National Foods raises milk price but farmers label it a “stunt”
National Foods appears a long way from appeasing Tasmanian farmers after a price increase was not particularly well received.
National Foods wrote to its Tasmanian farmers to announce a 1.1 cent per litre increase in the contract price for milk last week, a move they said was “in line with recent market movement”. However, Tasmanian farmers, who maintain that they are not getting a fair deal, have started an advertising campaign to counter the one pursued by the dairy manufacturer.
The dairy sector has been one of the hardest hit in the past twelve months as the global financial crisis helped force demand and prices down swiftly from record highs. Dairy prices have now stabilised but remain below the cost of production for many Australian farmers.
In Tasmania, concerns have been raised that fewer competitors in the market may be leading to prices below that in the rest of Australia, with a Senate inquiry set up last month to look into the issue.
National Foods said the price rise was in line with the recent upward movement from fellow dairy group Fonterra and they are planning to meet with representatives from the Tasmanian Collective Bargaining Group sometime this week to discuss the new contracts.
Managing Director and CEO Ashley Waugh said that while the deadline for farmers to sign contracts expired on 30 September 2009, the contract offer will remain on the table while the company was engaged in discussions with the Collective Bargaining Group.
“We are genuine in our efforts to ensure that we reward our farmers for their commitment to National Foods and we will continue to closely monitor commodity price movements and adjust pricing accordingly,” he said. “Our minimum price guarantee means we will be paying a typical farm, across the year, at least three cents per litre more than Fonterra, the major milk buyer in the state. This recognises National Foods’ requirement for a flat supply of milk across the year and the higher costs involved for farmers and equates to an additional $30,000 a year for a farmer producing one million litres of milk.”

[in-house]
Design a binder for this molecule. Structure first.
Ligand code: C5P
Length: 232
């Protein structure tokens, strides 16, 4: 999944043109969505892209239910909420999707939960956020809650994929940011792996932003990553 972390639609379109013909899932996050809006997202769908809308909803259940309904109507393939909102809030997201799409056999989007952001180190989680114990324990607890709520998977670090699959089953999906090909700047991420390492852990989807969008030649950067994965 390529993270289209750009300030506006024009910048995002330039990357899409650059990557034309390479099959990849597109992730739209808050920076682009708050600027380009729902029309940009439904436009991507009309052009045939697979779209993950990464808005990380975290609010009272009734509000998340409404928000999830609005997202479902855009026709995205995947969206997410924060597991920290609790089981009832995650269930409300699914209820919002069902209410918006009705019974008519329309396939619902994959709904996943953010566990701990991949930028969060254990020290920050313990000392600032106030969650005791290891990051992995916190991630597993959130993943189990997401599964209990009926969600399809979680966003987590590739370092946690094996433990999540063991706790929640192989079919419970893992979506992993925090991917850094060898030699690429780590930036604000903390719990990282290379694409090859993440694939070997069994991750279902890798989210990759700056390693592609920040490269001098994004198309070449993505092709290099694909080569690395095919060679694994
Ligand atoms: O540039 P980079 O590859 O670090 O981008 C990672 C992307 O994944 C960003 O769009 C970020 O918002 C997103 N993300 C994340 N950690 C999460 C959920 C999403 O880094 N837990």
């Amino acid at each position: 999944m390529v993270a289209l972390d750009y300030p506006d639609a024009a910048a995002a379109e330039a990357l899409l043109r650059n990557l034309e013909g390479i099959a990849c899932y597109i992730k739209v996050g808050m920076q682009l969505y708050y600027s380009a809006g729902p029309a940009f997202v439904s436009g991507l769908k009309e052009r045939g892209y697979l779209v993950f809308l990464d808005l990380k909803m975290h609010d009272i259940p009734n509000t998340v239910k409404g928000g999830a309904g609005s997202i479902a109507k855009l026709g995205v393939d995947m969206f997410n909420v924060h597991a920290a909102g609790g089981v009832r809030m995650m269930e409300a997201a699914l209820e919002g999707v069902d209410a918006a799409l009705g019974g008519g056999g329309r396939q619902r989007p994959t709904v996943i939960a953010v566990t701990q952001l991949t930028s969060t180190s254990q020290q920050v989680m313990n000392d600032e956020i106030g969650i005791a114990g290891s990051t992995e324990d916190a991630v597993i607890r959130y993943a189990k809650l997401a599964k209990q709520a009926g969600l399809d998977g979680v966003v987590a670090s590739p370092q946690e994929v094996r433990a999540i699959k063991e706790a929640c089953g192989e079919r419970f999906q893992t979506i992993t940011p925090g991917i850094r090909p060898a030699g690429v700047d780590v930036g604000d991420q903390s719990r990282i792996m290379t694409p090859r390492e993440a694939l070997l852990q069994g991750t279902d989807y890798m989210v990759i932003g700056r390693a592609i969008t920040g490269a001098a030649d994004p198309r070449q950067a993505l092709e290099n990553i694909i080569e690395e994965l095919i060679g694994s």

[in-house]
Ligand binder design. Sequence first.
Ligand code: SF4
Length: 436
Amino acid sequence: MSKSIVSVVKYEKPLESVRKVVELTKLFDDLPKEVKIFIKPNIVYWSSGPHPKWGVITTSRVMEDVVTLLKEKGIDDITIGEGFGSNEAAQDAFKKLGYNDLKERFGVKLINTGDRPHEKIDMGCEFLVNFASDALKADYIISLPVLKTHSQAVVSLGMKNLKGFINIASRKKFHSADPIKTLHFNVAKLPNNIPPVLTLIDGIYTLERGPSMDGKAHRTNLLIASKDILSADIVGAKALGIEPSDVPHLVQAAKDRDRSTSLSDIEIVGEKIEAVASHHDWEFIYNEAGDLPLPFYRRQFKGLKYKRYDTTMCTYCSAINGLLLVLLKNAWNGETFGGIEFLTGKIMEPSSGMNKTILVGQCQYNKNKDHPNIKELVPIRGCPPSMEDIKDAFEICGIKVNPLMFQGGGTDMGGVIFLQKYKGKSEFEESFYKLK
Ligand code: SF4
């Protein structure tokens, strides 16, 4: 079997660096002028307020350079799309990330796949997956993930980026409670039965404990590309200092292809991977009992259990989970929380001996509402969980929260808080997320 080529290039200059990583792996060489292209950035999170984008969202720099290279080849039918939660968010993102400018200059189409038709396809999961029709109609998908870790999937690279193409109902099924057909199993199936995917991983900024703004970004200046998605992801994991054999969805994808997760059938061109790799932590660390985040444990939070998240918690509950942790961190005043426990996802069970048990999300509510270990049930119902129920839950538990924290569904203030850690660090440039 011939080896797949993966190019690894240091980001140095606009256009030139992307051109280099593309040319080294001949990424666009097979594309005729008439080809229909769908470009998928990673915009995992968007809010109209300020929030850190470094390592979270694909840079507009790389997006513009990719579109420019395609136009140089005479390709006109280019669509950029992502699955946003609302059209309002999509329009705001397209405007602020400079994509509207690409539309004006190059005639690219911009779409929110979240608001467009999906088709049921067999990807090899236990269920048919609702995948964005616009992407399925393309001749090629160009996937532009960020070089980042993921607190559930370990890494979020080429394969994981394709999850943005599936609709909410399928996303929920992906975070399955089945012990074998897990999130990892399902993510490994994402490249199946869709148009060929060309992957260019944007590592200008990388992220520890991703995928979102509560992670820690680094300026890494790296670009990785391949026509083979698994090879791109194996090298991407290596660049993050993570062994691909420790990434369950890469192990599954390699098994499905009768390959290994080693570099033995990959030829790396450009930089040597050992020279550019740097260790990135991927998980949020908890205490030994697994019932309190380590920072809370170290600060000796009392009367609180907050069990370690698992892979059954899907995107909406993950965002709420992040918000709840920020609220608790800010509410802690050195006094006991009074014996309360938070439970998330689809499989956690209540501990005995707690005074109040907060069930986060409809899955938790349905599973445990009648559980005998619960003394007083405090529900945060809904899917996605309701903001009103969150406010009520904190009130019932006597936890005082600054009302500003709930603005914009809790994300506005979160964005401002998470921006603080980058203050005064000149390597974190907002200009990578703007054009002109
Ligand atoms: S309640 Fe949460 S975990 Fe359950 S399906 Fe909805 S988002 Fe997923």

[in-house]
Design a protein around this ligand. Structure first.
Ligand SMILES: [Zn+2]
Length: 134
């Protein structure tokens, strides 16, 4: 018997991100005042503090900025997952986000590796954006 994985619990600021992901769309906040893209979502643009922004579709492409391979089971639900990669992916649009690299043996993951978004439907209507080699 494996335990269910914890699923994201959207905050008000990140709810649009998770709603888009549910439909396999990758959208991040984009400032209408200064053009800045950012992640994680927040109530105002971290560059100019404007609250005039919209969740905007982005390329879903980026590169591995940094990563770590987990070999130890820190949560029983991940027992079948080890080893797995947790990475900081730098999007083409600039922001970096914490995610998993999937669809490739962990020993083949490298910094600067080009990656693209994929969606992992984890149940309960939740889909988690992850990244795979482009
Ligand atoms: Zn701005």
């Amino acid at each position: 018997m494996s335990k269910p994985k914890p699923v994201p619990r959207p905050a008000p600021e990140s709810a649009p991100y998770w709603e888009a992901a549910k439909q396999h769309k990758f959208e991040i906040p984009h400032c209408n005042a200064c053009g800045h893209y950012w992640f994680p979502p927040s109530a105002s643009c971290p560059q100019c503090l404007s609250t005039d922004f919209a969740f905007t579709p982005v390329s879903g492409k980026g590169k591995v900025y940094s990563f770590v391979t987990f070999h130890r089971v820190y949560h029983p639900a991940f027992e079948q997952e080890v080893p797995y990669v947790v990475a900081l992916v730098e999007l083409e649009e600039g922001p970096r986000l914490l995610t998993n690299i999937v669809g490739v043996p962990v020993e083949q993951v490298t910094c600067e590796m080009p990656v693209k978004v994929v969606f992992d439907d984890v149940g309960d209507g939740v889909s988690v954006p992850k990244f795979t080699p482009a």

Mr Waugh added that he was disappointed at calls for product boycotts.
“Boycotting our dairy products will actually hurt farmers because we pay farmers more for milk than our major competitors,” Mr Waugh maintained. “It is in all of our interests to have a sustainable dairy industry in Tasmania and we welcome the opportunity to work with other industry stakeholders to help achieve this.”
Despite the price hike, the dairy industry’s Collective Bargaining Group is likely to launch an advertising campaign against the dairy firm.
“It’s just a publicity stunt,” a spokesman for the Collective Bargaining Group, Phil Beattie, told the ABC. “Fonterra have stepped up now and so National Foods have stepped up at the same time, 1.1c a litre, which they would have done in January anyway.”
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